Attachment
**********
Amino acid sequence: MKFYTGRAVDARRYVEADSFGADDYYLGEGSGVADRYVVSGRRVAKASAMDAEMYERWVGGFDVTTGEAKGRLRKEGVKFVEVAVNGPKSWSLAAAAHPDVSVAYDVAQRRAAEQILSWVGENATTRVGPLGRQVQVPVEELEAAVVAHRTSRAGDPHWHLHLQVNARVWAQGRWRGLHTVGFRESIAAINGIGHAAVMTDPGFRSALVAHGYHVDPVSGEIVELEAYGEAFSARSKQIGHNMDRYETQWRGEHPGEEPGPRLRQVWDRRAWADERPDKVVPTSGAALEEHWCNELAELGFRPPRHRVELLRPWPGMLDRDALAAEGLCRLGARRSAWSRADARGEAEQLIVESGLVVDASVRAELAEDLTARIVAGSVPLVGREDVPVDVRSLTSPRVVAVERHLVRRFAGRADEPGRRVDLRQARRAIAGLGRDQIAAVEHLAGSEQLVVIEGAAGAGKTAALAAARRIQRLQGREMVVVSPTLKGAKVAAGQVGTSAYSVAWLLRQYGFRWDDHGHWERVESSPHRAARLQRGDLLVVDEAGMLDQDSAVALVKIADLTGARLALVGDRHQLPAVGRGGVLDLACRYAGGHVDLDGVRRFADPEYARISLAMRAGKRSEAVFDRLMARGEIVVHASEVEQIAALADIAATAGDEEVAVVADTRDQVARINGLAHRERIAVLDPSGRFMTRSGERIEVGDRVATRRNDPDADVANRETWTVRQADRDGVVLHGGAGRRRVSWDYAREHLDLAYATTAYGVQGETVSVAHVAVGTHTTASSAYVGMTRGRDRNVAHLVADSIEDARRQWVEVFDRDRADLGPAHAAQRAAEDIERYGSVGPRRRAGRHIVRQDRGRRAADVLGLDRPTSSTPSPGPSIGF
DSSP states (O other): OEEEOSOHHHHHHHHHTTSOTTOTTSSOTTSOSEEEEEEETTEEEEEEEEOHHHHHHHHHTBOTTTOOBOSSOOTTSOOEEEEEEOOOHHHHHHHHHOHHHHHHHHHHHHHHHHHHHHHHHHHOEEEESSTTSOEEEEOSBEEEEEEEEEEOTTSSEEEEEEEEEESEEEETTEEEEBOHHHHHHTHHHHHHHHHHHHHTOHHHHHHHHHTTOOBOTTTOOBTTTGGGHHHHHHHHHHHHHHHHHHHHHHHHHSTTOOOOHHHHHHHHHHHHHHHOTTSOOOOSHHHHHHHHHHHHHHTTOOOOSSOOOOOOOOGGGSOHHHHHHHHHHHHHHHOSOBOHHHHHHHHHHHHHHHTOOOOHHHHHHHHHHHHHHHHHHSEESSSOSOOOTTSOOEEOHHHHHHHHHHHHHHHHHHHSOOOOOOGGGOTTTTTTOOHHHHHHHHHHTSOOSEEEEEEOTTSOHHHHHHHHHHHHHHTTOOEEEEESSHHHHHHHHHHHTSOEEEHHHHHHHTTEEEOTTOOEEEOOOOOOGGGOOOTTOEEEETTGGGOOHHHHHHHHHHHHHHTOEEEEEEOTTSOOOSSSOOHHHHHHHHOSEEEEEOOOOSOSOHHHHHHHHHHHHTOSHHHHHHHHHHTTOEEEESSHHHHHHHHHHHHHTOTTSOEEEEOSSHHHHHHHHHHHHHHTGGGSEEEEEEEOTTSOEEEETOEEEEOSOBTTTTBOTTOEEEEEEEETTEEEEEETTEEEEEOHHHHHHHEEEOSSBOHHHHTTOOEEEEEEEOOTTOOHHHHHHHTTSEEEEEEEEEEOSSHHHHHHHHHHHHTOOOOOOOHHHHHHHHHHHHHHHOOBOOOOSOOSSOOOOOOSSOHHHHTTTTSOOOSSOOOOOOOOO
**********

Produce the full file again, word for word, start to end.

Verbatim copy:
Amino acid sequence: MKFYTGRAVDARRYVEADSFGADDYYLGEGSGVADRYVVSGRRVAKASAMDAEMYERWVGGFDVTTGEAKGRLRKEGVKFVEVAVNGPKSWSLAAAAHPDVSVAYDVAQRRAAEQILSWVGENATTRVGPLGRQVQVPVEELEAAVVAHRTSRAGDPHWHLHLQVNARVWAQGRWRGLHTVGFRESIAAINGIGHAAVMTDPGFRSALVAHGYHVDPVSGEIVELEAYGEAFSARSKQIGHNMDRYETQWRGEHPGEEPGPRLRQVWDRRAWADERPDKVVPTSGAALEEHWCNELAELGFRPPRHRVELLRPWPGMLDRDALAAEGLCRLGARRSAWSRADARGEAEQLIVESGLVVDASVRAELAEDLTARIVAGSVPLVGREDVPVDVRSLTSPRVVAVERHLVRRFAGRADEPGRRVDLRQARRAIAGLGRDQIAAVEHLAGSEQLVVIEGAAGAGKTAALAAARRIQRLQGREMVVVSPTLKGAKVAAGQVGTSAYSVAWLLRQYGFRWDDHGHWERVESSPHRAARLQRGDLLVVDEAGMLDQDSAVALVKIADLTGARLALVGDRHQLPAVGRGGVLDLACRYAGGHVDLDGVRRFADPEYARISLAMRAGKRSEAVFDRLMARGEIVVHASEVEQIAALADIAATAGDEEVAVVADTRDQVARINGLAHRERIAVLDPSGRFMTRSGERIEVGDRVATRRNDPDADVANRETWTVRQADRDGVVLHGGAGRRRVSWDYAREHLDLAYATTAYGVQGETVSVAHVAVGTHTTASSAYVGMTRGRDRNVAHLVADSIEDARRQWVEVFDRDRADLGPAHAAQRAAEDIERYGSVGPRRRAGRHIVRQDRGRRAADVLGLDRPTSSTPSPGPSIGF
DSSP states (O other): OEEEOSOHHHHHHHHHTTSOTTOTTSSOTTSOSEEEEEEETTEEEEEEEEOHHHHHHHHHTBOTTTOOBOSSOOTTSOOEEEEEEOOOHHHHHHHHHOHHHHHHHHHHHHHHHHHHHHHHHHHOEEEESSTTSOEEEEOSBEEEEEEEEEEOTTSSEEEEEEEEEESEEEETTEEEEBOHHHHHHTHHHHHHHHHHHHHTOHHHHHHHHHTTOOBOTTTOOBTTTGGGHHHHHHHHHHHHHHHHHHHHHHHHHSTTOOOOHHHHHHHHHHHHHHHOTTSOOOOSHHHHHHHHHHHHHHTTOOOOSSOOOOOOOOGGGSOHHHHHHHHHHHHHHHOSOBOHHHHHHHHHHHHHHHTOOOOHHHHHHHHHHHHHHHHHHSEESSSOSOOOTTSOOEEOHHHHHHHHHHHHHHHHHHHSOOOOOOGGGOTTTTTTOOHHHHHHHHHHTSOOSEEEEEEOTTSOHHHHHHHHHHHHHHTTOOEEEEESSHHHHHHHHHHHTSOEEEHHHHHHHTTEEEOTTOOEEEOOOOOOGGGOOOTTOEEEETTGGGOOHHHHHHHHHHHHHHTOEEEEEEOTTSOOOSSSOOHHHHHHHHOSEEEEEOOOOSOSOHHHHHHHHHHHHTOSHHHHHHHHHHTTOEEEESSHHHHHHHHHHHHHTOTTSOEEEEOSSHHHHHHHHHHHHHHTGGGSEEEEEEEOTTSOEEEETOEEEEOSOBTTTTBOTTOEEEEEEEETTEEEEEETTEEEEEOHHHHHHHEEEOSSBOHHHHTTOOEEEEEEEOOTTOOHHHHHHHTTSEEEEEEEEEEOSSHHHHHHHHHHHHTOOOOOOOHHHHHHHHHHHHHHHOOBOOOOSOOSSOOOOOOSSOHHHHTTTTSOOOSSOOOOOOOOO